“The past is a foreign country: they do things differently there.”
L.P. Hartley could have been writing about the 1980s.
In 1986, Roland and Claire Muldoon re-opened Edwardian music hall the Hackney Empire in London as the home of ‘New Variety’ where stand-up comedy intermingled with dance, music, panto, opera, Caribbean farce and much more. Their background was in political theatre. They aimed to be ‘an Alternative National Theatre’.
Nineteen years later – in 2005 – the Muldoons were squeezed out after local government politicking, a series of failed internal coups, being starved of subsidies, the imposition of bankers and bureaucrats on the management board and much else. It is quite a tale.
Now Roland Muldoon has written a book called Taking On The Empire: How We Saved The Hackney Empire For Popular Theatre. Presumably he has had the text checked by libel lawyers, just in case.
I went along to the book launch in Hackney yesterday afternoon.
“We once had a dream before the Hackney Empire,” Roland Muldoon said, “that we would take over a castle in the Midlands and run an alternative motorway cafe. Luckily, we moved on to the Empire instead. We had great ambitions in those days to take over the world. And we still have.”
One anecdote told in Roland’s book is of a fundraising event to keep the Empire going. Author and politician Jeffrey Archer donated an item for the auction: an Andy Warhol silkscreen print of Marilyn Monroe. Archer had recently declared he would run for Mayor of London, although the Tories were undecided whether this was a good idea for them, given Archer’s somewhat dodgy image. So he may have been as much attracted to the charitable-sounding self-publicity as to publicising the Hackney Empire.
Roland and Claire arranged a publicity photo shoot with Jeffrey Archer and Ken Livingstone (whom the Labour Party had already told not to apply for the Mayoral job) plus comedian Griff Rhys-Jones and the lead in the Empire’s forthcoming panto Dick Whittington.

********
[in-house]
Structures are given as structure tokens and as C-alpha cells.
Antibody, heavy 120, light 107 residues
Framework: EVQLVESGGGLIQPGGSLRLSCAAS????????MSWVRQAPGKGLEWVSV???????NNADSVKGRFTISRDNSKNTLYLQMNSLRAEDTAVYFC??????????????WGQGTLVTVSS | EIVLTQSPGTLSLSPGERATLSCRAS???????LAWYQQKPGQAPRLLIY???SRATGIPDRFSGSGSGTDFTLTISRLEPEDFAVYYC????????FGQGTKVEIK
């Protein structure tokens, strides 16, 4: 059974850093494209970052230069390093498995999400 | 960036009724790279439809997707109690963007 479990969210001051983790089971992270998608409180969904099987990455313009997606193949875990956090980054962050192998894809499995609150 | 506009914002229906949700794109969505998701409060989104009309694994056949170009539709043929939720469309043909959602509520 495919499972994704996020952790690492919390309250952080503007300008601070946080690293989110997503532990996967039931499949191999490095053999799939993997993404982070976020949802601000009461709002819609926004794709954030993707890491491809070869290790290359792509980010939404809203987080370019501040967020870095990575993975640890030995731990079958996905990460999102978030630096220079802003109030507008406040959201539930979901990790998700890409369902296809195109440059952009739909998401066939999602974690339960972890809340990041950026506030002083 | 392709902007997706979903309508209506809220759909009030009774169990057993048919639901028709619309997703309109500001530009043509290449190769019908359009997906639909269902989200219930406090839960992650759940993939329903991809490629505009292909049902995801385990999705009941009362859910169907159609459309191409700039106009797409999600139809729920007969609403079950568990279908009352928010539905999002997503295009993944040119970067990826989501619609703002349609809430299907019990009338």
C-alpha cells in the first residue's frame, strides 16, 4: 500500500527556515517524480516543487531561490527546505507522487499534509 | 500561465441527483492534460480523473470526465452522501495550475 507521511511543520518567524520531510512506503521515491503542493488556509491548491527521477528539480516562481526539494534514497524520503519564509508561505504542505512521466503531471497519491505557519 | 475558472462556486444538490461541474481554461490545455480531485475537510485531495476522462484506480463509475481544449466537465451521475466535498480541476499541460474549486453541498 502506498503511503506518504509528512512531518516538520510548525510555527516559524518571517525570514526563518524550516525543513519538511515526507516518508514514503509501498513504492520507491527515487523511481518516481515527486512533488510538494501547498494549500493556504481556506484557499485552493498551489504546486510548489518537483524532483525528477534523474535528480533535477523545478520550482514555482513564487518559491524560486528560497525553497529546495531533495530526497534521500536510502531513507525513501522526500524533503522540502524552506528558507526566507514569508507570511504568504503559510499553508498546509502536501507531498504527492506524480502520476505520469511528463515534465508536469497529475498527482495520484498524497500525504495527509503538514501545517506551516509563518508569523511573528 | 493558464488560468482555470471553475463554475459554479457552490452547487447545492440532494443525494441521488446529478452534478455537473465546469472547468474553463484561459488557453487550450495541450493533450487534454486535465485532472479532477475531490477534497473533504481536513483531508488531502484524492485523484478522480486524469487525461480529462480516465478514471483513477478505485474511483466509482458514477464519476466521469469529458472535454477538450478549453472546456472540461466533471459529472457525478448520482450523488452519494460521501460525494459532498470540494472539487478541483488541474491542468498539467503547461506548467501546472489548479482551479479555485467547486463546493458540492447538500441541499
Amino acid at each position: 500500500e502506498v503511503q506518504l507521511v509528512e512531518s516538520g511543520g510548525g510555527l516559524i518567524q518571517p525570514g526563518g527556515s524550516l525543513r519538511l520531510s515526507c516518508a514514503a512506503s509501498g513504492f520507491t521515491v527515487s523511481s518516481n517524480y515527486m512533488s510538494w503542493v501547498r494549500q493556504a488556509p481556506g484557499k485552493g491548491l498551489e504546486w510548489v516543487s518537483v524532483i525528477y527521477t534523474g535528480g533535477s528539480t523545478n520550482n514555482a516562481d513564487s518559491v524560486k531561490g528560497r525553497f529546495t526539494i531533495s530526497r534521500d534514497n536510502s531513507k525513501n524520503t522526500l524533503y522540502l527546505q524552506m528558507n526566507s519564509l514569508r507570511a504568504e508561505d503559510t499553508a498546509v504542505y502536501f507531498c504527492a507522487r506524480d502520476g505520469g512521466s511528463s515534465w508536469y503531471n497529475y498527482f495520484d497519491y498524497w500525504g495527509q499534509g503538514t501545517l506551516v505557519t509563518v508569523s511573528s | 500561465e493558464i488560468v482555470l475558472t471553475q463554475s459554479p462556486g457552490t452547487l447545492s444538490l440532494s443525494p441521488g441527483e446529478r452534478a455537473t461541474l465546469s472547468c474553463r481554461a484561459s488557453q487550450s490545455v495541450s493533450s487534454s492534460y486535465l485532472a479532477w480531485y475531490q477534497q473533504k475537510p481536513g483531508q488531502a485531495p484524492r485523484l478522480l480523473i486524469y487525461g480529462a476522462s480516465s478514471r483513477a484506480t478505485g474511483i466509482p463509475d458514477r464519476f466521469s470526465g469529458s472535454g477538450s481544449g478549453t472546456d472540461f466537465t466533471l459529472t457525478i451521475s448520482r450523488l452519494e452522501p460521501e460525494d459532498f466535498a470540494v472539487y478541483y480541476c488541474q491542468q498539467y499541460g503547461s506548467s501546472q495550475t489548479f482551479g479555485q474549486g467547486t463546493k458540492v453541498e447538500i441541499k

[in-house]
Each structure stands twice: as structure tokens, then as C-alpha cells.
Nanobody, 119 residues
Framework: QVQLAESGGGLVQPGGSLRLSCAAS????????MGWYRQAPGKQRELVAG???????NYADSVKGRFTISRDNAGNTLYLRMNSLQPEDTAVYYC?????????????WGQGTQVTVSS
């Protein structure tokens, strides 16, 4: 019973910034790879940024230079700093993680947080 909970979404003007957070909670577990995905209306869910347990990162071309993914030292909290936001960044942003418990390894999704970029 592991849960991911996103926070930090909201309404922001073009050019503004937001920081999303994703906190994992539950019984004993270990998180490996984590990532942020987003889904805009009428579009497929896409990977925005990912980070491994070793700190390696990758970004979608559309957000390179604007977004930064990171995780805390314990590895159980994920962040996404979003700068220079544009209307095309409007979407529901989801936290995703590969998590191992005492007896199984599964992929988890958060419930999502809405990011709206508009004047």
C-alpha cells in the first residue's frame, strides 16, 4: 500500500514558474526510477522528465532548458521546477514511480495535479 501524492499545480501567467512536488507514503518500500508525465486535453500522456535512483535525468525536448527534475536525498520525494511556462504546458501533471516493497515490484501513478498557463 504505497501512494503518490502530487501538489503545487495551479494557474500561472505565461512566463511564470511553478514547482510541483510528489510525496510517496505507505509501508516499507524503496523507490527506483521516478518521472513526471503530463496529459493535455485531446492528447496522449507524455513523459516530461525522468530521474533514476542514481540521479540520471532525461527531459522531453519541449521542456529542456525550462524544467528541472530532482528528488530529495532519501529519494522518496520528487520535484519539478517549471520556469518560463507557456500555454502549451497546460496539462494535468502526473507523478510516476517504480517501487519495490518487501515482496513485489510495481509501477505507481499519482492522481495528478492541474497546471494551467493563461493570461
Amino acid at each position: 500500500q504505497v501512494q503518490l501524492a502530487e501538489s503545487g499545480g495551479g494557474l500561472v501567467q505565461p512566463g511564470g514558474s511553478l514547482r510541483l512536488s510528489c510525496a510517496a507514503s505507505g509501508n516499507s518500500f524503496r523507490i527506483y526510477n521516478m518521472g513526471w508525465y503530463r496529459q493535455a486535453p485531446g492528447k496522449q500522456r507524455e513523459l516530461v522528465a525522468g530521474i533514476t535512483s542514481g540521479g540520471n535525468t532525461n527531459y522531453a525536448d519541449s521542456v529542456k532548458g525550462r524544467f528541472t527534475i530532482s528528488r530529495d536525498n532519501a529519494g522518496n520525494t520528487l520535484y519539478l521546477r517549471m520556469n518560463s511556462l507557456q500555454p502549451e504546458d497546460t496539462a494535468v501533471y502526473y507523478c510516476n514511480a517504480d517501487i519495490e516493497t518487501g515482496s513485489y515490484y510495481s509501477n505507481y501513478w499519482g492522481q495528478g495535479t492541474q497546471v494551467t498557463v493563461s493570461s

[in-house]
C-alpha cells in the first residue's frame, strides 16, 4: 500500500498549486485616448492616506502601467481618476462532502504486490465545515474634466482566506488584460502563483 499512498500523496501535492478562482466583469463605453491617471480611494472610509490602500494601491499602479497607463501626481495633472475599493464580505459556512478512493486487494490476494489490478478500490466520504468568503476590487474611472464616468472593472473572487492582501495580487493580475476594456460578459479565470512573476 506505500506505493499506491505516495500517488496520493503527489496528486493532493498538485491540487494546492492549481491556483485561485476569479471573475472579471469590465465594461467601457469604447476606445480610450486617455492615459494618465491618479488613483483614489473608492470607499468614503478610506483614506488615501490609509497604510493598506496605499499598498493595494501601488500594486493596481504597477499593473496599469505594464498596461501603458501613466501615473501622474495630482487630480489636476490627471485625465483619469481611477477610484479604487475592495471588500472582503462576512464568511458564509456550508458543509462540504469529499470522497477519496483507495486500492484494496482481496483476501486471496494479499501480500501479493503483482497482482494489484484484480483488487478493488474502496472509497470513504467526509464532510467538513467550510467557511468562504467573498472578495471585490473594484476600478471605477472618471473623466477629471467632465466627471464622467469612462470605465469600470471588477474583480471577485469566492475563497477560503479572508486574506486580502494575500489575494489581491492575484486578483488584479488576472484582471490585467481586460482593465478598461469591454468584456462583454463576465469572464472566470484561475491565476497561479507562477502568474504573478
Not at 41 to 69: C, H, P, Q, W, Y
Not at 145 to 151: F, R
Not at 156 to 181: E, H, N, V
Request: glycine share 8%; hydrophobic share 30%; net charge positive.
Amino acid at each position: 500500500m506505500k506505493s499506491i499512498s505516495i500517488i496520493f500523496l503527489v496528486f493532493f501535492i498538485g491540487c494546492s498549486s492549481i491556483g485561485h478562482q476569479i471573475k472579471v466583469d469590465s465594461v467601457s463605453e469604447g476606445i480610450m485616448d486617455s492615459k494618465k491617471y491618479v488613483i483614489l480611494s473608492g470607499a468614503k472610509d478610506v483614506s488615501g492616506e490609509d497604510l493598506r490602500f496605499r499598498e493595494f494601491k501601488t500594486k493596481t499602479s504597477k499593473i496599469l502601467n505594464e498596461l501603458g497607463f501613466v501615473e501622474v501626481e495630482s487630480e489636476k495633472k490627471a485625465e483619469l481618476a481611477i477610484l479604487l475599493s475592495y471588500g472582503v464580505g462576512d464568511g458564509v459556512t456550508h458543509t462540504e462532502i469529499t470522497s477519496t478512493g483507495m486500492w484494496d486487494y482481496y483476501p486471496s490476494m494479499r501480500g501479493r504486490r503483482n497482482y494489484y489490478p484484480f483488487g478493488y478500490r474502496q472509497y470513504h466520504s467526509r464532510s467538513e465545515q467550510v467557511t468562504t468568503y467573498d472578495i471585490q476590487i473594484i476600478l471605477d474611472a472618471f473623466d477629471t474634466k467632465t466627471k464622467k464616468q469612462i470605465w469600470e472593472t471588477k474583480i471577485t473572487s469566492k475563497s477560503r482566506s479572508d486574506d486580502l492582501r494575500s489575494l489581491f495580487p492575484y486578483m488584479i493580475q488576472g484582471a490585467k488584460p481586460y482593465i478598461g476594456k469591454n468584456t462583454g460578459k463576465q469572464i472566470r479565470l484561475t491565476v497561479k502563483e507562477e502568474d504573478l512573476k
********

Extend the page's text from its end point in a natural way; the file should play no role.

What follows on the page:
In his book, Roland writes: “Controversy and accusations of telling porkies seemed to follow Jeffrey Archer around wherever he went. Out of the blue came the question Are you aware that the Marilyn isn’t a genuine Warhol print?”
It turned out that, after Warhol had run off his own limited edition silkscreen prints, his friends came along to his studio and ran off some more for themselves. The Archer print was not one of the Warhol originals.
Roland says: “A reporter from the Daily Telegraph pressed me hard: Did he lead you to believe he was donating a genuine Andy Warhol or not? – No, he never said it was, I lied, despite my total dislike of his politics. I couldn’t bring myself to slag off a benefactor and I was dubious about any benefit it would bring to our campaign if I did. Now I’ve done it. It’s out – I lied for Geoffrey Archer.”
Books are clearly a growth industry for people in the comedy business.
At the book launch, comedian Hattie Hayridge was telling me she had checked with Penguin Books and her fascinating 1997 autobiography Random Abstract Memory is out of print, so she is now able to re-publish it herself, though she finds the technology rather daunting.
He also told me about what he claims was the only time he ever performed naked.
“It was about 27 years ago,” he explained. “There was something called The Mastery, which was related to The Actors’ Centre, which was related to Esalen, which was a real hard core growth movement thing from California. The idea was it helped actors to break down.”
“Sounds quite dangerous,” I said, “to encourage people to break down emotionally, unless you really look after people.”
“What it didn’t do,” said Bob, “was to say that you should take the leap on stage and in rehearsal, but the rest of your life should be ordered.
“So they did this weekend called The Mastery and I was very cross, because they sort-of encouraged people to break down. If you survived, at the end of the weekend, you broke into little groups and did a little sketch. I was already enough of a practising stand-up to realise that sketches have to be something special to work.
“So I was in the middle of this grim sketch with these actors who all played drama students and I played the caretaker who was sweeping up after them and the only way to liven things up was, each time they finished a chorus, I’d come on with me broom and I’d shed an article of clothing… I was a lot slimmer then.”
“And you felt better for this?” I asked.
“Well, I got a shag that night,” replied Bob, smiling broadly.